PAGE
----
It wouldn’t be a surprise if some furnaces at Clark Lake cottages popped on during the night. Recent weather has been cool. The June average high is 79, and low, 56. But was it cold enough to cause a dusting of this along Hayes Drive?
Even though it looks suspiciously like snow, it is the likely production of cottonwood trees. The Mother Nature Network website comments “these trees grow very tall and have large leaves, although their most noticeable aspect is their cotton-like seeds during the summer. These often accumulate on the ground under the trees, and in places where there are large volumes of cottonwood trees, it can almost look like there is snow on the ground.”
And then there are those wormy things descending from oak trees. The SF Gate website says they are catkins “that drape gracefully from the ends of their branches. If your tree is shedding stringy stuff in spring, it might be engaging in its annual flowering where the long male catkins let loose pounds of yellow pollen and then fall from the tree as new leaves push them out.”
Oak trees aren’t alone in producing catkins. If you have a hickory tree nearby, you are well aware of this.
According to Wikipedia, these catkins are the hickory tree’s version of a flower. At Clark Lake, they arrived after the Oak catkins made their appearance.
If raking catkins seems like a chore, nature’s splendor around the lake makes up for it. Recently this website told the story of the Garden Angels.
Others around the lake enhance natural beauty as well. The triangle at Hyde and North Lake Roads, manicured by Dr. Lynn VanWagnen is an example.
You don’t have to look far to find other displays. This spring these locations along the Spirit Trail were putting on a show of their own.
Gone is the old storage building across from the Beach Bar. In its place are the beginnings of an attractive new building–the Beach Bar Gear Garage. As the name implies, it is there you will find Beach Bar branded favorites–hats, t-shirts, sweatshirts, swim trunks, and towels. Convenience items like coolers, ice, bait, and outboard motor oil are expected to be available.
The building project is proceeding under the watchful eye of Mike McKay. His company, M-R Builder, is responsible for building or upgrading some 100 homes that line the shore of Clark Lake. Add to that the Pointe Bar and Grill. Mike’s eye for what looks great is bound to result in another eye-appealing Clark Lake landmark.
For those who moor their raft or boat at the Marina, there’s another plus–the new building will house rest room facilities and showers.
Click here for the video and story of the demolition of the old structure, including comments from Mike McKay.
From the Jackson County Department of Transportation:
“On Sunday, June 11, from 6:30 a.m. to 7:00 a.m., the Michigan Department of Transportation (MDOT), with assistance from the Michigan State Police, will close both the westbound and eastbound lanes of I-94 between Michigan Avenue and Parma Road, near mile marker 129. This closure is planned so Consumers Energy can install new overhead lines. Please seek alternate routes during this closure.”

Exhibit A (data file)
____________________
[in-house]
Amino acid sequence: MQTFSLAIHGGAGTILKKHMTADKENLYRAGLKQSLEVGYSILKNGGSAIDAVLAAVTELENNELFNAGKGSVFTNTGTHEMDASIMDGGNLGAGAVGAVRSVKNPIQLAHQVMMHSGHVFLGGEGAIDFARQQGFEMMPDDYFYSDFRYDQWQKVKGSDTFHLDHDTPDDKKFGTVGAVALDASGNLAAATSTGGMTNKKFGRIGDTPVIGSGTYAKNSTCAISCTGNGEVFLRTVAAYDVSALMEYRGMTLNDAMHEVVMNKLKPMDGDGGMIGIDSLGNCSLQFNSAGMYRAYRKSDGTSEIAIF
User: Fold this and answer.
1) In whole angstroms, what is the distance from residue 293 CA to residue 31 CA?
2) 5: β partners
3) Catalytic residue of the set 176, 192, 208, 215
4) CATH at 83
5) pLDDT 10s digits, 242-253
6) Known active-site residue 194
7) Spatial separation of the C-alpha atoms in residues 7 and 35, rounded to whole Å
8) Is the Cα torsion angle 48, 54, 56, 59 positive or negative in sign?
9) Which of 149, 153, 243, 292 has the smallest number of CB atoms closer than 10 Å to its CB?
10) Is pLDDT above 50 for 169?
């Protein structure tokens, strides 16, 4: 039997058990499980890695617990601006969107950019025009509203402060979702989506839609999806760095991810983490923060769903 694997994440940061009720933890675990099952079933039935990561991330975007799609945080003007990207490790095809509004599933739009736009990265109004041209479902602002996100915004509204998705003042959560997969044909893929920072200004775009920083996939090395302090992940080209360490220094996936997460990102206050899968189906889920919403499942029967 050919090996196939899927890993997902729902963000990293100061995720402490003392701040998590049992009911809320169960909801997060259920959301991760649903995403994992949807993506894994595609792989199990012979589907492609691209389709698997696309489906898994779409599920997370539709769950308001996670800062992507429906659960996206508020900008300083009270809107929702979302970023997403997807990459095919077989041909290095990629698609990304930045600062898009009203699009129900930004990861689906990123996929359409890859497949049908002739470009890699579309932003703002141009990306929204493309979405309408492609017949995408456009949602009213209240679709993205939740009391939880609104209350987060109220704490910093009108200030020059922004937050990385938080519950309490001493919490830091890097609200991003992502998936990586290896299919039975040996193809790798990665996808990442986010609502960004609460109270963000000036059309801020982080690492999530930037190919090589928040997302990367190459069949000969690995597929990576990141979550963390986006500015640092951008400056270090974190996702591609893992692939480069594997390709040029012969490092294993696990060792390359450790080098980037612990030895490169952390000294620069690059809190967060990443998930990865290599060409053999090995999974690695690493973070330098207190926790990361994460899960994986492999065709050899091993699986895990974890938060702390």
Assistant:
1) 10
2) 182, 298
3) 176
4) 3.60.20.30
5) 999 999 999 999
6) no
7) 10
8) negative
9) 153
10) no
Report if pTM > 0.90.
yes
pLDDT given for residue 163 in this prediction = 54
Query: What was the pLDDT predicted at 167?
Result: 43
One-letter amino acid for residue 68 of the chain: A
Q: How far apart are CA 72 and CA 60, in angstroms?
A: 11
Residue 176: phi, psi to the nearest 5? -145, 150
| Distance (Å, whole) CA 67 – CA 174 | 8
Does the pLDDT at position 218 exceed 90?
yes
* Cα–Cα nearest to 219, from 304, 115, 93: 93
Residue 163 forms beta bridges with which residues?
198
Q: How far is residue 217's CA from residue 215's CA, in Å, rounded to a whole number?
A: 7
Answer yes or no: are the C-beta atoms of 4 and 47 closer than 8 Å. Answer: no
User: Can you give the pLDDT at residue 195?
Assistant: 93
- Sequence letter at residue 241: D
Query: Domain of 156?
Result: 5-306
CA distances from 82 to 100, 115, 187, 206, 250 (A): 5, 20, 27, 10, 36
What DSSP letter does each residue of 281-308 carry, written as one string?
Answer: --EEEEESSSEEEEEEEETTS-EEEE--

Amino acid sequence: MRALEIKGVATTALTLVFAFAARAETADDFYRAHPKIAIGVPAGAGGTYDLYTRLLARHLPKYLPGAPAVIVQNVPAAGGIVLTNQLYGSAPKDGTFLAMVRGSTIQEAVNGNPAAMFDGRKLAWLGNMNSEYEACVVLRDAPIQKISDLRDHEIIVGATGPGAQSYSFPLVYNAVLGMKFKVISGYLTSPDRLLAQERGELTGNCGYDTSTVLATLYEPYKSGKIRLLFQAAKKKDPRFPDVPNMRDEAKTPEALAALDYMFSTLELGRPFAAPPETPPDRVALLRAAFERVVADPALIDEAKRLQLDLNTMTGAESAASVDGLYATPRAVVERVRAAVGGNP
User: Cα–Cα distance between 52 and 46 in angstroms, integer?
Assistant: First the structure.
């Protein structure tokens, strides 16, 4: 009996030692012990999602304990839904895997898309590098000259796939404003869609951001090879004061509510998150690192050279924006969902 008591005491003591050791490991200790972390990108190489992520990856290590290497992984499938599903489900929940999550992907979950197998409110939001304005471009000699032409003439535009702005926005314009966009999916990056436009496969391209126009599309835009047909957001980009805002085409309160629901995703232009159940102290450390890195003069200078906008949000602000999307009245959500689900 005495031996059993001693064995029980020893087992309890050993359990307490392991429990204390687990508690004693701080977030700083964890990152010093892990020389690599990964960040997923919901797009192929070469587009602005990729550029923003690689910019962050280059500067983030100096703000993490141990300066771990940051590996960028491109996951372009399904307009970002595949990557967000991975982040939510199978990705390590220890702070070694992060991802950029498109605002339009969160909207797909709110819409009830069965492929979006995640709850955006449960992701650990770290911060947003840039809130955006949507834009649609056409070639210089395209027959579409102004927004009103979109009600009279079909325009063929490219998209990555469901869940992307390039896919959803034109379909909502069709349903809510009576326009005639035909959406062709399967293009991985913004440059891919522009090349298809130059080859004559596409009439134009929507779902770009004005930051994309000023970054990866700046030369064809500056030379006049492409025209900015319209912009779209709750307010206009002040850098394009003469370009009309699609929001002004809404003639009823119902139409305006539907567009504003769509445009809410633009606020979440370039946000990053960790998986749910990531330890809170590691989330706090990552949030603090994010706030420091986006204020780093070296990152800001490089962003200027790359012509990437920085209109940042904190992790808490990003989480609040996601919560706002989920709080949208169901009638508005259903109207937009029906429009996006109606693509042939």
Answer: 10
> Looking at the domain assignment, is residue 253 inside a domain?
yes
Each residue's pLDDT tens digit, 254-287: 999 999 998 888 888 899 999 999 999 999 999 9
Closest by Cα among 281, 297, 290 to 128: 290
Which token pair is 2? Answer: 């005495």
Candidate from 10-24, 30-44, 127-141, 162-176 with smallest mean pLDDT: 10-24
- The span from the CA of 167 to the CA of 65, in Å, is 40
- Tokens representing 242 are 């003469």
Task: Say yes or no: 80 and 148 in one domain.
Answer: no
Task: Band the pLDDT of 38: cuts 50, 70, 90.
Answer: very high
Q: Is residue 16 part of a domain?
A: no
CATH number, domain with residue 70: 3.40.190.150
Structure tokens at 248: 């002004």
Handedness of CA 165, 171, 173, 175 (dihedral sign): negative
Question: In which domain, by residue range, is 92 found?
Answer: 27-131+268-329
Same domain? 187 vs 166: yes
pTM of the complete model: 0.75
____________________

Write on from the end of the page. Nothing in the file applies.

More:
It happens most Sundays during the season. At 7:30 pm there is a marked cessation of activity on the lake. If noisy, the lake is suddenly quiet. If busy with boats, the last waves from them wash to shore. Those who spent the weekend boating, swimming, on the Spirit Trail or just relaxing are returning from whence they came. After all, it is just a few short hours before the new week begins, and not everyone can spend it at the lake. As a result, there were some empty seats available for the sunset tonight. So please choose your favorite color, and enjoy tonight’s show, no matter where you are.
As the sun headed for the horizon it was so bright you could not look at it. The best viewing position was to look away to the east and take in the golden glow it projected on trees, boats, and cottages. Next the sun began to slip behind a bank of clouds, and this was the result.
But that wasn’t the end of the show.
Once again a direct view of the sun emerged. It seemed very near–as if you could draw a smiley face on it.
Once the sun slipped behind the trees at the head-of-the-lake, the afterglow illuminated the northwestern sky.
A few minutes later, and a close up revealed this.
A few cottages to the north, Bill Leutz was standing in the water, noting something else–the images the sunset created on the water and sandy bottom close to the shoreline.
Finally, the afterglow brought out shades of pink, purple, and blue against swirls of gold.
Sometimes the English language falls short of superlatives to describe Clark Lake’s sunset. As you will see from these views, a thorough dictionary search is in order.
The next three views provide a time lapse lasting about thirty minutes.
And it kept getting better.
Finally there was a touch of pink and purple as dusk claimed the sky.
As the sun headed toward the horizon, these chairs said “come back tomorrow.”
Bathed in sunset gold, these four echoed the invitation.
If this was the finale, what was the lead-in? The humidity was low, the sun was high in the sky. Clark Lake was welcoming the summer season with open arms.
The lure worked. Boating activity suggested “the weekend is here.”
There was just enough breeze to keep it interesting for sailors. Clark Lake has not seen Lightning class sailboats for awhile. This one was spotted today.
Meanwhile, the swan family occupied the County Park cove.
There seem to be fewer ducks on the lake this spring, but this one appears to enjoy the solitude.